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Tradfest 2017 Round-Up


Opinion

Hugh Kerr sums up his experience at this year’s Tradfest

Image of Tradfest 2017 Round-Up
Image from On the Radical Road

Tradfest has become firmly established as a part of Edinburgh’s festival scene in the last few years. This year’s programme was bigger and better than ever. Based at its hub at the Scottish Storytelling Centre in the Canongate, but rippling out across Edinburgh, it now rivals Glasgow’s Celtic Connections as an attraction for Scotland’s traditional music and culture and with a much smaller budget.

I attended two of the opening events before I was struck down with the reviewer’s enemy, sciatica, caused by too much sitting at concerts. So now I spend part of my time at concerts standing, which gives a different perspective on the concerts.

Opening night concert A Braw Nicht Oot at the Storytelling Centre resembled a family concert with storytellers, a band and some talented young performers. It could have benefitted from a rather more structured programme with perhaps a “big name” to boost it. However, it was a pleasant opening evening.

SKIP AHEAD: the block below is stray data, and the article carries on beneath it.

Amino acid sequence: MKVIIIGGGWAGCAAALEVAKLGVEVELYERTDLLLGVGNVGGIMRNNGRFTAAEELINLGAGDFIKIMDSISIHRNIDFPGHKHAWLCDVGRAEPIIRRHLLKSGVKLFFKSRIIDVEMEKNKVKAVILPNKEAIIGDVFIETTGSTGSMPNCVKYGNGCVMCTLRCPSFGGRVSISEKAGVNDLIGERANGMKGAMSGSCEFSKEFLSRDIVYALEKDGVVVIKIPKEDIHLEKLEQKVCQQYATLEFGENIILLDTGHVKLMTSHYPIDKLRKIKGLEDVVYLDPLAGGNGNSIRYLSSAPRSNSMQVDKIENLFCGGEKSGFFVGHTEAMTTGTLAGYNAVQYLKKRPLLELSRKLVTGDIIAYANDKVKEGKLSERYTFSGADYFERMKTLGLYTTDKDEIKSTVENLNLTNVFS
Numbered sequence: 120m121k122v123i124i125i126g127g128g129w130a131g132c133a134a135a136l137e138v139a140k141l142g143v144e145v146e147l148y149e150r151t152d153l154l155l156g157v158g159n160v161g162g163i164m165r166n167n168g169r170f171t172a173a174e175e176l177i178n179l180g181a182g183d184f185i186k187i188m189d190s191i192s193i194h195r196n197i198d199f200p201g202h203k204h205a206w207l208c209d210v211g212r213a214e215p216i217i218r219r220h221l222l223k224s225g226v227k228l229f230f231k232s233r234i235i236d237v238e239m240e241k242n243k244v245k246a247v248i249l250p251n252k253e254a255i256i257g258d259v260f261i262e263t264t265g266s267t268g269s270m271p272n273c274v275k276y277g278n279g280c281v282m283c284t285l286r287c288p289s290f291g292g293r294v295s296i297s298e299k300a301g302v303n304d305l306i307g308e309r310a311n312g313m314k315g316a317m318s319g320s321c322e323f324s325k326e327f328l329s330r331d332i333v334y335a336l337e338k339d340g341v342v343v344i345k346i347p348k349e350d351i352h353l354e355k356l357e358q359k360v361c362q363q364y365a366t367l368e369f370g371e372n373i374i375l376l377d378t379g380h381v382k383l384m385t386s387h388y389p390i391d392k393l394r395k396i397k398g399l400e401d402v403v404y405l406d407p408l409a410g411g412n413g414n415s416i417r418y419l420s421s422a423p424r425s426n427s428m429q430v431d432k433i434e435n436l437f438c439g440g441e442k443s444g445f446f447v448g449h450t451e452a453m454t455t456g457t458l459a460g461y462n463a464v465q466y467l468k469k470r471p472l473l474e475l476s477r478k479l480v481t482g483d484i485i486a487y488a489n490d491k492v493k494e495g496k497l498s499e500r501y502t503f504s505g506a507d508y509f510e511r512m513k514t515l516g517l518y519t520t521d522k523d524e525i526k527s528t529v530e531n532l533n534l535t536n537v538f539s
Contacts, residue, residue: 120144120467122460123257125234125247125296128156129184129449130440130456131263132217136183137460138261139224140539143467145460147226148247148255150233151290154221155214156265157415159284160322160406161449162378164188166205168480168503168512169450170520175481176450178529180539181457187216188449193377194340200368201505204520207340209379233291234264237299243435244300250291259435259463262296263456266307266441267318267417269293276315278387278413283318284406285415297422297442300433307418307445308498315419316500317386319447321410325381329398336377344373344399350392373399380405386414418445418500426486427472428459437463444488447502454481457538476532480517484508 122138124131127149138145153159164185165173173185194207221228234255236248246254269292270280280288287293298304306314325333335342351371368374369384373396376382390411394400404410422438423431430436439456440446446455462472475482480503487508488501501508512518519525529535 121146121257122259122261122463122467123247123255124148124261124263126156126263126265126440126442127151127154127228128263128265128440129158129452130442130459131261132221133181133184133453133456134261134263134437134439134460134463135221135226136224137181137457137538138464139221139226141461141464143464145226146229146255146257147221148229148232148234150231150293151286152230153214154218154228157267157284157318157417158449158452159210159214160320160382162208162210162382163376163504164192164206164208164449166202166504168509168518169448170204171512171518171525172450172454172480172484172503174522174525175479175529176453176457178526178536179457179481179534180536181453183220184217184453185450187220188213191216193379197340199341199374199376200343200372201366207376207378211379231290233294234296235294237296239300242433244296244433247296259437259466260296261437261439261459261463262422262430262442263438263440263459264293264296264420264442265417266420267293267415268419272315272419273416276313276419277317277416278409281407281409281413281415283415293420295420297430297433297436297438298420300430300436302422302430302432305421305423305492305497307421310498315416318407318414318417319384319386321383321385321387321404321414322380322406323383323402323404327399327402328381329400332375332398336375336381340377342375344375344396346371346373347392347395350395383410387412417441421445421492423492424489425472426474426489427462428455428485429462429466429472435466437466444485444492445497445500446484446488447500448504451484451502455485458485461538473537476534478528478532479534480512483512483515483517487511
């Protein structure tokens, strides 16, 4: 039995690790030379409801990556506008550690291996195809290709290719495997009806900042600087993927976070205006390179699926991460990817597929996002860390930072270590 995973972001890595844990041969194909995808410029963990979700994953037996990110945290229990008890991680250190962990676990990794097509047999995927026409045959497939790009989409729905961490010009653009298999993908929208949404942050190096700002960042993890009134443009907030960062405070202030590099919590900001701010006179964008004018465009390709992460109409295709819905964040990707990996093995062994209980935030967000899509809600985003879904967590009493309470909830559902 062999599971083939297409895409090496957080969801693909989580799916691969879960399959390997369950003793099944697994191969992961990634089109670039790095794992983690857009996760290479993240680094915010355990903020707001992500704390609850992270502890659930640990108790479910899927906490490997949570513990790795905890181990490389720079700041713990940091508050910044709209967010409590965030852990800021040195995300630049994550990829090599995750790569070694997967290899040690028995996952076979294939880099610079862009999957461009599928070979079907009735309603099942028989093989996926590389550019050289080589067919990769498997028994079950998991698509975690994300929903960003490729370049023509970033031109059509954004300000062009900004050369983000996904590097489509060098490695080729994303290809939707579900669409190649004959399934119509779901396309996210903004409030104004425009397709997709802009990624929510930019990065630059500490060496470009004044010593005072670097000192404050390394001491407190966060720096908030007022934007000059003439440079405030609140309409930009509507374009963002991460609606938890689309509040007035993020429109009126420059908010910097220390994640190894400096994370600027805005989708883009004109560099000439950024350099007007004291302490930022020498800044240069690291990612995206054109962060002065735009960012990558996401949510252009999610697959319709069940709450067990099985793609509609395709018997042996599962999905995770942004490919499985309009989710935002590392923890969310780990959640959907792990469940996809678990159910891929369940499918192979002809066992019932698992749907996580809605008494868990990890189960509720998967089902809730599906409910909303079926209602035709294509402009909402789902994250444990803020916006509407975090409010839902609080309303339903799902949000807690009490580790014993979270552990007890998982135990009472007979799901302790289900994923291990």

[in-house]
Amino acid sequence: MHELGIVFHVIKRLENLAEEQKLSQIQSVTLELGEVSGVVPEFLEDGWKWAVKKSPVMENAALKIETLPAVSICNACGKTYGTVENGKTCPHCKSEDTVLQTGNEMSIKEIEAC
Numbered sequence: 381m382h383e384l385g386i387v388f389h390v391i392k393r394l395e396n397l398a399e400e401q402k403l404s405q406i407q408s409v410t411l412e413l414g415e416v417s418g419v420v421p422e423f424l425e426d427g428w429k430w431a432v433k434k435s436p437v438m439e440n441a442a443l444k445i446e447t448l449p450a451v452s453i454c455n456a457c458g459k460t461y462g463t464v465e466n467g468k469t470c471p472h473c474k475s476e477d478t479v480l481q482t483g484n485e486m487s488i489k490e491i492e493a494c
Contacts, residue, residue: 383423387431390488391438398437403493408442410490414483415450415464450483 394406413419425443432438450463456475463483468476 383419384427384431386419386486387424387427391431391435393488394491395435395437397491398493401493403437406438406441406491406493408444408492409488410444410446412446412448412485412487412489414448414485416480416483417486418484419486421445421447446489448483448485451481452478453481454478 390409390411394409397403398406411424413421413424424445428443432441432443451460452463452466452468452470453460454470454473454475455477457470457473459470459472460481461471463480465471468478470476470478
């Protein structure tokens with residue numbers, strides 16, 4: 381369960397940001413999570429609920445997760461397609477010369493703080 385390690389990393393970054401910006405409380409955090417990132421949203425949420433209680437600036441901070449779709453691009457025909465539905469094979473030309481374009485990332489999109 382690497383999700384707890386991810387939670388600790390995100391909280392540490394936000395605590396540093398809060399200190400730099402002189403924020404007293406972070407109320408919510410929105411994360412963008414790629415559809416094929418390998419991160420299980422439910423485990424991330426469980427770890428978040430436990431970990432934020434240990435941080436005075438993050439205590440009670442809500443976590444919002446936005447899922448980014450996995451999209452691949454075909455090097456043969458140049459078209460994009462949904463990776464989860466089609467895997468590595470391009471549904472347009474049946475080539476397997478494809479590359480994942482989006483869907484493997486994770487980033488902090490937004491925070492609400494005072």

On The Radical Road at Summerhall was a play about the life and work of the great Scottish bard, Hamish Henderson. It was put together by Raymond Ross, using Hamish’s words, from his early poems to his great songs, including Freedom Come All Ye – Scotland’s unofficial national anthem. Although, as Hamish always said, “it’s an international anthem!” The show was put on by Theatreobjektiv, with the venerable Alastair McDonald as music director and lead singer, and three very talented young actors – Isabella Jarrett, Vanda de Luca and Gavin Paul – singing, dancing and acting. It made for one of the most thrilling evenings in the theatre I’ve had for years. There are plans to bring the show to the Festival. If it makes it, don’t miss it, it’s brilliant. If I could give it six stars, I would!

That Was The Wick That Was and Nancy’s Whisky was a double-header evening concert in the Storytelling Centre’s Netherbow Theatre. It told the story of a once great town, Wick, that has grown sadly neglected. A full review is here. With audiences loving this and other concerts, Tradfest continues to grown in reputation.

 


Hugh Kerr has written on music and cultural politics for the Scotsman, the Herald, the Guardian and Opera Magazine. With Nana Mouskouri he was in charge of music policy for the European Parliament from 1994-99. He has visited over 50 opera houses round the world and this is his 50th Edinburgh Festival

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